The Freeline Haemophilia B programme, FLT180a, uses a synthetic AAVS3 capsid and a gain of function variant of human factor IX (FIX). The therapy is currently being studied in a Phase 1/2 trial, B-AMAZE, with the goal of normalising FIX activity in patients with moderate and severe Haemophilia.
About Fabry Disease
Fabry Disease is an inherited, X-linked disease characterised by the progressive accumulation of glycosphingolipids in lysosomes throughout the body. It is caused by mutations in the gene encoding of the α-galactosidase A enzyme (αGLA) responsible for the breakdown of globotriaosylceramide (Gb3), a type of glycosphingolipid.
The condition ranges from mild to severe and may appear anytime from childhood to adulthood. The progressive accumulation of Gb3 leads to organ damage, major disability and often early mortality. Symptoms and signs include neuropathic pain, impaired sweating, gastrointestinal symptoms, renal failure, heart disease and increased risk of stroke. Current treatment consists of Enzyme Replacement Therapy and chaperone therapy to temporarily clear Gb3 accumulation and alleviate symptoms.
FLT190 is an investigational liver-directed adeno-associated viral (AAV) gene therapy for the treatment of Fabry Disease. We believe the programme is the first clinical-stage AAV gene therapy international study in Fabry Disease. FLT190 is an in-vivo gene therapy administered by a one-time intravenous infusion.
The study, named MARVEL-1, is a multi-centre, international, dose-finding Phase 1/2 study in adult males with classic Fabry Disease. The study is focused on assessing the safety of FLT190 and its ability to transduce liver cells to produce continuous high levels of αGLA. In addition to safety, endpoints in the study include clearance of Gb3 and LysoGb3 from the plasma and urine, baseline renal and skin biopsies (repeated in long term follow up), renal and cardiac function, αGLA immune response, viral shedding and quality of life.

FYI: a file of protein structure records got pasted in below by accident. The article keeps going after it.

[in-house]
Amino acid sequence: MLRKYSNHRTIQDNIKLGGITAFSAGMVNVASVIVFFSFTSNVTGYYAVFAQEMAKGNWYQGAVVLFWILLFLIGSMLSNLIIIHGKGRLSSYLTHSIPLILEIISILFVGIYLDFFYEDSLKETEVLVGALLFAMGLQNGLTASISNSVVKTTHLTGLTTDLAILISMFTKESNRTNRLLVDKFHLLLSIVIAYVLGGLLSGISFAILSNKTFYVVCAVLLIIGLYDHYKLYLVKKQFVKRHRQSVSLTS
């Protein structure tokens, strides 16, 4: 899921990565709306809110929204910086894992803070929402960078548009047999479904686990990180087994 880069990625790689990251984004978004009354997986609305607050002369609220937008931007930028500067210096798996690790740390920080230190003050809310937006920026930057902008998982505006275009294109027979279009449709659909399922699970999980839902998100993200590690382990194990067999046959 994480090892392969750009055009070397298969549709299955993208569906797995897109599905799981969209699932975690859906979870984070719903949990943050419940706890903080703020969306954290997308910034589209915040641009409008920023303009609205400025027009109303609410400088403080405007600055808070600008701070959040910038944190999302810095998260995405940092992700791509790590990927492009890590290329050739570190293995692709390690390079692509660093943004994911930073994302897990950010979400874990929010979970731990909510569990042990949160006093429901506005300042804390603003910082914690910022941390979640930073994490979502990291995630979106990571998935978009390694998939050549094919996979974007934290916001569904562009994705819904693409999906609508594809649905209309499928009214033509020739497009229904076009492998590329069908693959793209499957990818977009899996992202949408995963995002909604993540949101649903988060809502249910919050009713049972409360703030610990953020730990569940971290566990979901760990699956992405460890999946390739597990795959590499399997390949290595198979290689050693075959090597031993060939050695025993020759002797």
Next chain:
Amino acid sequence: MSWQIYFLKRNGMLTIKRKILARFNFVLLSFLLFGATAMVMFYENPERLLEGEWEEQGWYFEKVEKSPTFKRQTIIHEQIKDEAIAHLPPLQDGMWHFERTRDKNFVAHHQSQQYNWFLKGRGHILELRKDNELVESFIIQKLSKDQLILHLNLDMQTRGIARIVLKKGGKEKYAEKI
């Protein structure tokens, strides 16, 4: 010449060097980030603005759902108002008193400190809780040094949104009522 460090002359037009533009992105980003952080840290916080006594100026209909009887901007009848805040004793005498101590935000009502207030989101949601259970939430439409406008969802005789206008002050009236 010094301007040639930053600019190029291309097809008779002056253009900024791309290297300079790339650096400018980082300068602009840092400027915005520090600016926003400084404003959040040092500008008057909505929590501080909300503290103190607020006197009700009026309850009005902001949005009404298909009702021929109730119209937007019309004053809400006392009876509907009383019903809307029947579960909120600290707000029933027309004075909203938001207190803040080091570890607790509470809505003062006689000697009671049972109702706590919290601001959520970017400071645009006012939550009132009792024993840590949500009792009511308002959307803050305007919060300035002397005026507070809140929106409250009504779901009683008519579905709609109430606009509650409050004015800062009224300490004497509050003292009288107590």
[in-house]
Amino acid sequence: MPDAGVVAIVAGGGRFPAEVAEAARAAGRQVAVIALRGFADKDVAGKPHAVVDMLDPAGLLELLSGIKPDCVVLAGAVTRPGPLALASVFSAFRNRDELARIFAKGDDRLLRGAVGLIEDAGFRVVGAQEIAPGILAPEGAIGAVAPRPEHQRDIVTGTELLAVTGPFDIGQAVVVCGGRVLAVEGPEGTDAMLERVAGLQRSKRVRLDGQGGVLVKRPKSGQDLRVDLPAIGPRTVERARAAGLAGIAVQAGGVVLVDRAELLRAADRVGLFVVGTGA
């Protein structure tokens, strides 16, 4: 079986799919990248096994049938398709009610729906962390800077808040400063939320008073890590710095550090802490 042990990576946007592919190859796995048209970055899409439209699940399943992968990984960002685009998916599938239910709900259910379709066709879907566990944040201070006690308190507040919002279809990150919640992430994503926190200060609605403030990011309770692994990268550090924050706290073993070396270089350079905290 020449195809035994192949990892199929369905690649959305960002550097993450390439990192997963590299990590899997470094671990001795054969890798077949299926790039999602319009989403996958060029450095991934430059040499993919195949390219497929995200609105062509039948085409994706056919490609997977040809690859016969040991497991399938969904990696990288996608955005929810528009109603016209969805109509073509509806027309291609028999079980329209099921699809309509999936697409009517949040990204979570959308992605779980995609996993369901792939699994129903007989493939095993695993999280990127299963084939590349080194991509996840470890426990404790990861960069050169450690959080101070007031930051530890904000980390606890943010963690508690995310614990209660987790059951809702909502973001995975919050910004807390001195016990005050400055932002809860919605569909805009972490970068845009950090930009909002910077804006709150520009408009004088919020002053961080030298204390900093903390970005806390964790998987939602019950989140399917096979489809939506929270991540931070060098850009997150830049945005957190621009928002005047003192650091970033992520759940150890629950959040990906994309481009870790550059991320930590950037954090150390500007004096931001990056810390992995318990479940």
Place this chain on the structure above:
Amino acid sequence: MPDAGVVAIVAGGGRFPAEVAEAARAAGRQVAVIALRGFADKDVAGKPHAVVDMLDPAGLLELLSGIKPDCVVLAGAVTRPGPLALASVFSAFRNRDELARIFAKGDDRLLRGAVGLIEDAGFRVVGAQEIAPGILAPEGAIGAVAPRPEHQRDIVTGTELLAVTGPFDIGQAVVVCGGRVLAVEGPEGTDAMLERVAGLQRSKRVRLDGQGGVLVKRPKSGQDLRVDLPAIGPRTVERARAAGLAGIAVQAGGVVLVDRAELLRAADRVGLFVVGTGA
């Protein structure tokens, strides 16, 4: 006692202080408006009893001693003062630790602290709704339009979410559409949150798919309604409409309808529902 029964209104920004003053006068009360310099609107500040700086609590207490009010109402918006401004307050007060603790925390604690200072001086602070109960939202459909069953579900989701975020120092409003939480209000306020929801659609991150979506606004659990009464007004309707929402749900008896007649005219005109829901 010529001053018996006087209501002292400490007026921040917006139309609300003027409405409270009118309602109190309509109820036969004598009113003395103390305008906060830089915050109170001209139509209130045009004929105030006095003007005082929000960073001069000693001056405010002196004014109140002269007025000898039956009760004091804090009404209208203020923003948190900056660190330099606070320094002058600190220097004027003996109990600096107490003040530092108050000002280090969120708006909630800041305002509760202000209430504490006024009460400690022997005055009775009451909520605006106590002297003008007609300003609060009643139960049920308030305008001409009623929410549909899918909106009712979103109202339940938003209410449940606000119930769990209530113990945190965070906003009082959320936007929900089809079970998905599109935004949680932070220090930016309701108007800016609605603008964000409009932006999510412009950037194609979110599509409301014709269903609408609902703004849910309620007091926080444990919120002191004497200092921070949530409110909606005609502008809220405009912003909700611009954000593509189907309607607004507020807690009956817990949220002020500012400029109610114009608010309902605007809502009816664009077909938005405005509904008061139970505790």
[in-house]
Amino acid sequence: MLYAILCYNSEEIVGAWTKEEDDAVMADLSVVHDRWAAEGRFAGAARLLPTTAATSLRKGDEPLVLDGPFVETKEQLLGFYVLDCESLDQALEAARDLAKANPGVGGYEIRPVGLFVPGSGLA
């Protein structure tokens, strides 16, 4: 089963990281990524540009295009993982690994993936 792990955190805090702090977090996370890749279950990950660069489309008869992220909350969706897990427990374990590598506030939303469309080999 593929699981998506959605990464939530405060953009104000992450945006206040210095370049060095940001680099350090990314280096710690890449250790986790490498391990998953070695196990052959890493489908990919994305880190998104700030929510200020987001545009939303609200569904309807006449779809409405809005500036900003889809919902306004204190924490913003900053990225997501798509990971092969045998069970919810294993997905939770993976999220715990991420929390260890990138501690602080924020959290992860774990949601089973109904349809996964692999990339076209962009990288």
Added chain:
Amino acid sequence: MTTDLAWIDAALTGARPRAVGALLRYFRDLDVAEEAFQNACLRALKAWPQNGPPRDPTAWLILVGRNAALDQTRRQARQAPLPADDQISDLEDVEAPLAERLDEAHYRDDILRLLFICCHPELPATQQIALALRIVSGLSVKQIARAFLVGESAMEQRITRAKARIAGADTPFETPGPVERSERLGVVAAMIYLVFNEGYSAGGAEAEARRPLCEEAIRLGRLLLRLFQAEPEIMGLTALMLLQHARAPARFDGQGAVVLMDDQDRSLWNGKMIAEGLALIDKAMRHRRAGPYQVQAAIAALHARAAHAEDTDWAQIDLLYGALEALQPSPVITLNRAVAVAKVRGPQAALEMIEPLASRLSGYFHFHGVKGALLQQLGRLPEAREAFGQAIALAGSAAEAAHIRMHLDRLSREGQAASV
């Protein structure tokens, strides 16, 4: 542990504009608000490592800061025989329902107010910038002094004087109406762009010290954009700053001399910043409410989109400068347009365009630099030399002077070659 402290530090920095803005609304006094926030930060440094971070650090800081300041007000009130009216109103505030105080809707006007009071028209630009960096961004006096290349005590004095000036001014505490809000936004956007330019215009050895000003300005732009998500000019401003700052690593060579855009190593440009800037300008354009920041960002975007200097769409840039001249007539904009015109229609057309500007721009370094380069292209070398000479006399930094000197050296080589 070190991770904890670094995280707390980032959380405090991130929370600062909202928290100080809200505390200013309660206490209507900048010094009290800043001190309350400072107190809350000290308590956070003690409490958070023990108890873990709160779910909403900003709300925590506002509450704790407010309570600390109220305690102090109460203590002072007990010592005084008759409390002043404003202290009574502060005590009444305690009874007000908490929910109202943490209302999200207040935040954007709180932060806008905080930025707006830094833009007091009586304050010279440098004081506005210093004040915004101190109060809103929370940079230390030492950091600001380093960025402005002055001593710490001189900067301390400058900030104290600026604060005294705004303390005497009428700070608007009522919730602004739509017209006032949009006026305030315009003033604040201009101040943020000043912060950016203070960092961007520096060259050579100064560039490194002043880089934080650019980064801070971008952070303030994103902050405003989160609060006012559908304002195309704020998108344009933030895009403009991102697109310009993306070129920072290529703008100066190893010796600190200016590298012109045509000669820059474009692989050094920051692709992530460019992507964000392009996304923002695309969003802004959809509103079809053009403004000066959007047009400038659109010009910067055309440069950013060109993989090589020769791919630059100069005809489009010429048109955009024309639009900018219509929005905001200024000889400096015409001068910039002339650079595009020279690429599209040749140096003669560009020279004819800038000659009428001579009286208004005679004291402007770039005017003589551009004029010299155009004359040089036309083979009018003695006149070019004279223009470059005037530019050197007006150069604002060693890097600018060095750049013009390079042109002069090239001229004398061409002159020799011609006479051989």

About Gaucher Disease
Gaucher Disease is a genetic disorder in which a fatty substance called glucosylceramide accumulates in macrophages in certain organs due to the lack of functional GCase. The disorder is hereditary and presents in various subtypes. Freeline is currently focused on Type 1 Gaucher Disease, the most common type, which impacts the health of the spleen, liver, blood system and bones. The current standard of care is intravenous infusion of ERT every two weeks, which is a significant treatment burden on the patient. The aim of Freeline’s investigational gene therapy programme is to deliver a one-time treatment of a long-lasting gene therapy that will provide a consistent and therapeutically relevant level of constant endogenous GCase, thus eliminating the need for ERT.
FLT201 is an investigational liver-directed adeno-associated viral (AAV) gene therapy in preclinical development for the treatment of Type 1 Gaucher Disease. By using Freeline’s high-transducing AAVS3 capsid, our goal is to deliver GBA endogenously at normal levels with a one-time treatment. FLT201 contains a liver-specific promoter and a GBA sequence which expresses our novel, proprietary GBA variant with a greater than 20-fold longer half-life than wild-type GBA protein in purified systems. To our knowledge, we are the only company to date that has announced a programme for the development of an AAV gene therapy for the treatment of Type 1 Gaucher Disease and plan to file an IND for this programme in 2021.